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An Englishman In New York: Hurricane Irene - The Big Sneeze

"Yawn. Never, in the field of meteorological conflict, has a hurricane, even a downgraded Category 1 version, been more hyped than Irene. The news media and weather “experts”, capitalizing on a slow August news day, week, month, succeeded in whipping up a storm about the potentially damaging effects of this hurricane,'' writes David Thomasesson.

With more hype than even the Next Big Thing from Apple, or P.T. Barnum’s circus, Mayor Bloomberg, anxious not to repeat his bungling of last winter’s major snowstorm, spoke for hours on the city preparations, including the evacuation of downtown and other likely areas of serious flooding. History will show this to have been a massive overreaction.

Panic induced purchasing, allowing supermarket staff to clean those previously harder to reach surfaces, resembled the onset of a nuclear winter, or a full-scale assault on Mt. Everest with staples such as bread, water and beer taking a hammering. OK, so some were Budweisers and Bud Light, what we call canoe beer…damned close to water.

One chap in the checkout line appeared to strike the right balance; two six-packs, Cheezy Whatsits, some crisps and, presumably for the wife, some tins of soup.

Manhattan became a ghost town, with Broadway shows cancelled, all subway and bus service stopped from midday yesterday, and mainline service severely curtailed. Subway trains were stored in the tunnels, rather than open marshalling yards to prevent damage. On reflection, a good clean in the driving rain might have been more useful.

Local preparations saw one apartment owner taping up his large picture windows. On the 15th floor no less! He’ll probably explain it now as decorating tape. Stores closed one hour earlier than the transport shut down to allow the slaves to scurry back to the outer boroughs. Or should that be burrows?

“Hurricane” preparedness doesn’t mean stocking up on the fruit-juice, grenadine and rum to make the signature drink beloved of New Orleans’s Bourbon Street. http://en.wikipedia.org/wiki/Bourbon_Street No, it means listening to endless TV (meaning CNN, home of Crap News Nonstop) coverage of screaming, rain-soaked, wind-swept talking heads on the idiot box (or idiot heads on the talking box), taking every opportunity to don fluorescent raincoats, take it on the chin, in their hair and ears suffering for their craft and talk into the wind to show us what earnest, and at times stupid, reporters they really are. Hopefully one of them will be blown over for a little light relief, providing amusing fodder for “blooper” shows.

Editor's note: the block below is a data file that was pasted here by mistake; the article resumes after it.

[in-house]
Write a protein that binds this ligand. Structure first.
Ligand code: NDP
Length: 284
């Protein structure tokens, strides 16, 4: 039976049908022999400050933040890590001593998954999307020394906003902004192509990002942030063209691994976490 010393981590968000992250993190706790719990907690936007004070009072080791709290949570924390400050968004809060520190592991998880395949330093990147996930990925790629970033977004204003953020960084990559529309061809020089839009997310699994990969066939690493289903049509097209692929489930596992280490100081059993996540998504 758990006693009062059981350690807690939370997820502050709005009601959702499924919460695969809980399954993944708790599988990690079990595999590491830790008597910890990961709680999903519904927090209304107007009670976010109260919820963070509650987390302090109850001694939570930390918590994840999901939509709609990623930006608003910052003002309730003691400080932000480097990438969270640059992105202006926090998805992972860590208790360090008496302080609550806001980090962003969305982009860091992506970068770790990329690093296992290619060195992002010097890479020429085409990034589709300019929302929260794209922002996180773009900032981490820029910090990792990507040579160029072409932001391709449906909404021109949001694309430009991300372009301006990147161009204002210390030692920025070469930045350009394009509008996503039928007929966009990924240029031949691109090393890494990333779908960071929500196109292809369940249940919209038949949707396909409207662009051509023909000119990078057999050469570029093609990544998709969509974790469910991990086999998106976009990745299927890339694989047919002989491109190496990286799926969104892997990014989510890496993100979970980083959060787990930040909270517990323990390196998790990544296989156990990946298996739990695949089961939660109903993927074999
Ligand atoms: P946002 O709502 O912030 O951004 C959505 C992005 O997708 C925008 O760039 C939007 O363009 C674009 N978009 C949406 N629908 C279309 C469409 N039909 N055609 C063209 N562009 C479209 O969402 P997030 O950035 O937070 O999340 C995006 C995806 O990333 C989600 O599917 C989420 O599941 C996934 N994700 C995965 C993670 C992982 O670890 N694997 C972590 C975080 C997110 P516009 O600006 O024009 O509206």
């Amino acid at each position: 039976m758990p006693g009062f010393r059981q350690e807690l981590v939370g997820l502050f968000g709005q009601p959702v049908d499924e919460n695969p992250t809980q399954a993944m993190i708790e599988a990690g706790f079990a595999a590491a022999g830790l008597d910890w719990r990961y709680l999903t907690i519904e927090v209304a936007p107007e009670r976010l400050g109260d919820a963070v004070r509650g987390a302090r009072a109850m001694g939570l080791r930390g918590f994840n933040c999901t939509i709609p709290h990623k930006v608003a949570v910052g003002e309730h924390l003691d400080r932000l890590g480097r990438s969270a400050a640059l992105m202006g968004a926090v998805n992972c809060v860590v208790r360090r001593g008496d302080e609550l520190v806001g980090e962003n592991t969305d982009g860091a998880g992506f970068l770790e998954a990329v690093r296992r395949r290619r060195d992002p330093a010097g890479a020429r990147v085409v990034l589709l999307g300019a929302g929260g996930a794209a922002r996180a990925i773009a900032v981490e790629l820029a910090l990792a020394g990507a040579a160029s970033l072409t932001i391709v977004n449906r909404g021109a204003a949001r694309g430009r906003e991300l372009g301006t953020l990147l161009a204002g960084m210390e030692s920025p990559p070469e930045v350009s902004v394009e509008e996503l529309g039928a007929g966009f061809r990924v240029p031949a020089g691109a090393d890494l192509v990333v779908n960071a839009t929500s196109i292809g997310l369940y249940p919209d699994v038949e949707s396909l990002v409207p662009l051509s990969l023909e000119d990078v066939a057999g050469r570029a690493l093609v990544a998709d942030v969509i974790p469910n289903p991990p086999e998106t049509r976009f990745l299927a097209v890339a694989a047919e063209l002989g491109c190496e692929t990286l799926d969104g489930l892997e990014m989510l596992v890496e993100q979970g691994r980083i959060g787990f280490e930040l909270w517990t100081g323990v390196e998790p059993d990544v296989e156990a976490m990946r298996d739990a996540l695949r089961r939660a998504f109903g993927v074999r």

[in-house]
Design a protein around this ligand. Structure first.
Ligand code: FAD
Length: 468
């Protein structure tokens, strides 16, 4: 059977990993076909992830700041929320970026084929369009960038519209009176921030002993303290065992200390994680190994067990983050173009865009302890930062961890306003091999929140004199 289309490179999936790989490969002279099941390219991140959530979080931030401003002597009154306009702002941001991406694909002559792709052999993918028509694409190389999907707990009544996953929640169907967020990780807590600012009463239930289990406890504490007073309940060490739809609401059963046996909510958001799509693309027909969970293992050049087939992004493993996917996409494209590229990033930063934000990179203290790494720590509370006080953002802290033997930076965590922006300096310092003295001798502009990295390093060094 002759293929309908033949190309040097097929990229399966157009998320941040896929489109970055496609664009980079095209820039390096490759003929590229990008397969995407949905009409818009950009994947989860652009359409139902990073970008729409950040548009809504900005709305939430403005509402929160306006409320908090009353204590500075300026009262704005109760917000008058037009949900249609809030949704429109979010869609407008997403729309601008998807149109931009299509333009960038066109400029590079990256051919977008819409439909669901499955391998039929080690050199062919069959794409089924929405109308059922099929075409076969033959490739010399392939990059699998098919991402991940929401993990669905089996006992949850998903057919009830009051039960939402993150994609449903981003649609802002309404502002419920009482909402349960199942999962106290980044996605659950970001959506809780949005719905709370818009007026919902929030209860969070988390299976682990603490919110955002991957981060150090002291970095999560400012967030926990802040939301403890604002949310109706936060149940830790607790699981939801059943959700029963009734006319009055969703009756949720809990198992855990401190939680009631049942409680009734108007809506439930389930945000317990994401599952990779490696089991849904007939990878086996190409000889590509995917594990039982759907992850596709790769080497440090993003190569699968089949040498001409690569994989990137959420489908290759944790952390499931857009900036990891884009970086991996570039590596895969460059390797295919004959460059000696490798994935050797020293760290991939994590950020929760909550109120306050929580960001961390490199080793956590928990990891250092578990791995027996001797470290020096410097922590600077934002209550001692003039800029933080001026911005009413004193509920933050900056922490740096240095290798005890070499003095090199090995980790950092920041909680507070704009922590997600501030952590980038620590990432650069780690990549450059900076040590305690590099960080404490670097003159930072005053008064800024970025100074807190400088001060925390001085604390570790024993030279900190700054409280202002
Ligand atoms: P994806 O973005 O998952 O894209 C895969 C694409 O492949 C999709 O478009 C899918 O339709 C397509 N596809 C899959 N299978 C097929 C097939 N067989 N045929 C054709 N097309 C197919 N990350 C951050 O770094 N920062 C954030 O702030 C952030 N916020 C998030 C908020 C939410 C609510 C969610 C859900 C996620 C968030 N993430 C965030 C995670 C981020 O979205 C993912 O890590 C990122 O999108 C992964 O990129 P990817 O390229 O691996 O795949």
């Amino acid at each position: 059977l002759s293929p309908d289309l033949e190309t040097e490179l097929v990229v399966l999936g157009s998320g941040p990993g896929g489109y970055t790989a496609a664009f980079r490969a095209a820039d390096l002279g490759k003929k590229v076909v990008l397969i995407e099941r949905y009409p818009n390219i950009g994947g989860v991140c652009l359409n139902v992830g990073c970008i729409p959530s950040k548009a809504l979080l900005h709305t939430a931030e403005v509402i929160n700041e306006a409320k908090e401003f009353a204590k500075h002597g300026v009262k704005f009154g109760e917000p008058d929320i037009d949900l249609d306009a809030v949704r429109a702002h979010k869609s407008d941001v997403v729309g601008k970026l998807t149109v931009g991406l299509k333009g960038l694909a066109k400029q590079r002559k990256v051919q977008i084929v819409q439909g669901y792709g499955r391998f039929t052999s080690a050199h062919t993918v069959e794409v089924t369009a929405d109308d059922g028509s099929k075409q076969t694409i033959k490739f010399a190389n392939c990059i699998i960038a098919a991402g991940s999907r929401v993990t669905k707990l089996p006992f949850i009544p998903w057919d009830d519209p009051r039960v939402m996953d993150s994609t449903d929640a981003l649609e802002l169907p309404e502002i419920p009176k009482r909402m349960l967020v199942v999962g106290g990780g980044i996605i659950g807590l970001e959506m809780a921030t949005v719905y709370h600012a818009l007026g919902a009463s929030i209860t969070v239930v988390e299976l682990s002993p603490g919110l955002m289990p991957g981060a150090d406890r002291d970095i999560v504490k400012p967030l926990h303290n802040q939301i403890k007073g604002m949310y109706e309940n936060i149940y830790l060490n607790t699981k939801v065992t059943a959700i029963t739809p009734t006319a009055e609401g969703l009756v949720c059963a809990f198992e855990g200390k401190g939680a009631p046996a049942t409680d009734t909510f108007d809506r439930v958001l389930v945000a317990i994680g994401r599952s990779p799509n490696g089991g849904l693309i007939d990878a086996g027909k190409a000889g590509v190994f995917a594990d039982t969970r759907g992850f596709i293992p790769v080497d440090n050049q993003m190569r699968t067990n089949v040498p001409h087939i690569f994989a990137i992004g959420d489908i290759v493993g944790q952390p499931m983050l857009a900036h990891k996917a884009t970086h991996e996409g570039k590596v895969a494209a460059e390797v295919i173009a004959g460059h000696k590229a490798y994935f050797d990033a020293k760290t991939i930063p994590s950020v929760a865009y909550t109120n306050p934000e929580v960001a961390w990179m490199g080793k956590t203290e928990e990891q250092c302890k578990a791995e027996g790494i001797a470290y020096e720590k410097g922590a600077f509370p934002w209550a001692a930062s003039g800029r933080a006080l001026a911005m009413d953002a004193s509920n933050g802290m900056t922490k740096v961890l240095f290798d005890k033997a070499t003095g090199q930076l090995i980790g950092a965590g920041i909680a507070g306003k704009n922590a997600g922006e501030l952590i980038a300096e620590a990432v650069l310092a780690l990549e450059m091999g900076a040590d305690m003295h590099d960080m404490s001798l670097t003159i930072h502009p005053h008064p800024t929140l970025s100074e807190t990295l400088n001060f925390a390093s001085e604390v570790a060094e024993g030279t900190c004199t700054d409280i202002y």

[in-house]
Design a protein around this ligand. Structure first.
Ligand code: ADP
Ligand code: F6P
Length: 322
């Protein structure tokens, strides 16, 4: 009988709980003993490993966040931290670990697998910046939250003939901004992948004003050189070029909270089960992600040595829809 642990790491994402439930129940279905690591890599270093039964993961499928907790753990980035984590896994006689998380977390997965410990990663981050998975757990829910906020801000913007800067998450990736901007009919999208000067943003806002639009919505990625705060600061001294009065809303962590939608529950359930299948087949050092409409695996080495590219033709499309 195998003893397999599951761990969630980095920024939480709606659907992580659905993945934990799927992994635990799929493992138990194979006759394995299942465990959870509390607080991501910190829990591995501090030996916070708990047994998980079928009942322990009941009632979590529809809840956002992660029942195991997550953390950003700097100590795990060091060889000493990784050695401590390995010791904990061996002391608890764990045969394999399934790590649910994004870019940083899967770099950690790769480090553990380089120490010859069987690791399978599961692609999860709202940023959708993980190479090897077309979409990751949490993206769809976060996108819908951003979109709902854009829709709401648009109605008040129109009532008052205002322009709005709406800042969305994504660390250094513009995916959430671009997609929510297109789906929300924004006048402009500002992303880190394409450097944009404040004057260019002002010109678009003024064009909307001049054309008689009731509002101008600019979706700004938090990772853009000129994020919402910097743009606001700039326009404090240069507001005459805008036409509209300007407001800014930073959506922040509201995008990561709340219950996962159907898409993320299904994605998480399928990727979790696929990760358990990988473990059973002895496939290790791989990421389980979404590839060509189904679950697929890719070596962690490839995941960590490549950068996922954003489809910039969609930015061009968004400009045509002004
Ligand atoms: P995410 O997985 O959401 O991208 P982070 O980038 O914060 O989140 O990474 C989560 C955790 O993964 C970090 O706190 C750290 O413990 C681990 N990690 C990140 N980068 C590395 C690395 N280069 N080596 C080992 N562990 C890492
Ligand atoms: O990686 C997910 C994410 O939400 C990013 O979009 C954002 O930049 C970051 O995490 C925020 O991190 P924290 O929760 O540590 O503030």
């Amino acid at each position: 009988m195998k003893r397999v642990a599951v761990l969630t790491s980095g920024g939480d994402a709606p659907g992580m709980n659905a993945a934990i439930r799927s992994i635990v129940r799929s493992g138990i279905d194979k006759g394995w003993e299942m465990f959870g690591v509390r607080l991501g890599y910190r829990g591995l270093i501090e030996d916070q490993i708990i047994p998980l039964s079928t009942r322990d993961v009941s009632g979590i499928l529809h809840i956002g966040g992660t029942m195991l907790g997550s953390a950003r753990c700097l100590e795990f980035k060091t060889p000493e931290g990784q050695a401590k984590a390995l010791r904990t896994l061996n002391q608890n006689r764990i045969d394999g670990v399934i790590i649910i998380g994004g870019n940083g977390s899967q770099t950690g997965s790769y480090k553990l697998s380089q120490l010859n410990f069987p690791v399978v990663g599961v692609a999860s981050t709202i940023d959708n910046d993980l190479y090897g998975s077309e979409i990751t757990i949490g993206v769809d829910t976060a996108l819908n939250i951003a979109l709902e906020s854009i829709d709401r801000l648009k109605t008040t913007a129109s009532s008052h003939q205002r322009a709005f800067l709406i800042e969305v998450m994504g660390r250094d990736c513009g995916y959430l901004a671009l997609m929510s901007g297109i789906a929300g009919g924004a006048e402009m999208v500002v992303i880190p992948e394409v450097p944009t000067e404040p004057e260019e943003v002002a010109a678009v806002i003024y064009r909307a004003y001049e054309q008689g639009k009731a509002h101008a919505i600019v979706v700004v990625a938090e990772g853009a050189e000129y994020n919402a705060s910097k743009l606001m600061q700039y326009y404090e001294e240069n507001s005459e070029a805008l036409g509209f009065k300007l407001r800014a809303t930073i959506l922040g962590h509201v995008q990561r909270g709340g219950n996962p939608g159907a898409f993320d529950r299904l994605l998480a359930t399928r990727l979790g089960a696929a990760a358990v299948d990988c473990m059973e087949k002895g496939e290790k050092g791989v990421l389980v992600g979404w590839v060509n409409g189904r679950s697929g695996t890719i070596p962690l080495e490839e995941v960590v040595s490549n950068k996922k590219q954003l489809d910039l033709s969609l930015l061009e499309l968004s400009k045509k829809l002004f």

Of course, major weather systems provide easy news reporting, away from the dismal economy, and unrest in the world, but those of us who have lived in the Caribbean scoff at these over the top preparations. Anything over 100 miles away isn’t a threat as its track can change on a whim, so no need to secure the patio chairs. In fact hurricane preparedness generally means stocking up on beer and ice, calling friends and deciding the location of the “after” party.

So, will the news networks feel contrite about their over the top coverage? Probably not, after all there’s nothing like made for TV coverage with trees whipsawing in gale force winds, jetties and piers being swept by massive rollers, holiday homes being trashed, low lying parking lots flooding up to car windows and so on and so on. And let’s not forget shots of burly rescue squads boating down the high street in their Zodiac inflatables, hopefully rescuing a dog along the way.

The 2011 Big Sneeze - sudden gusts of wind followed by a massive spit shower.



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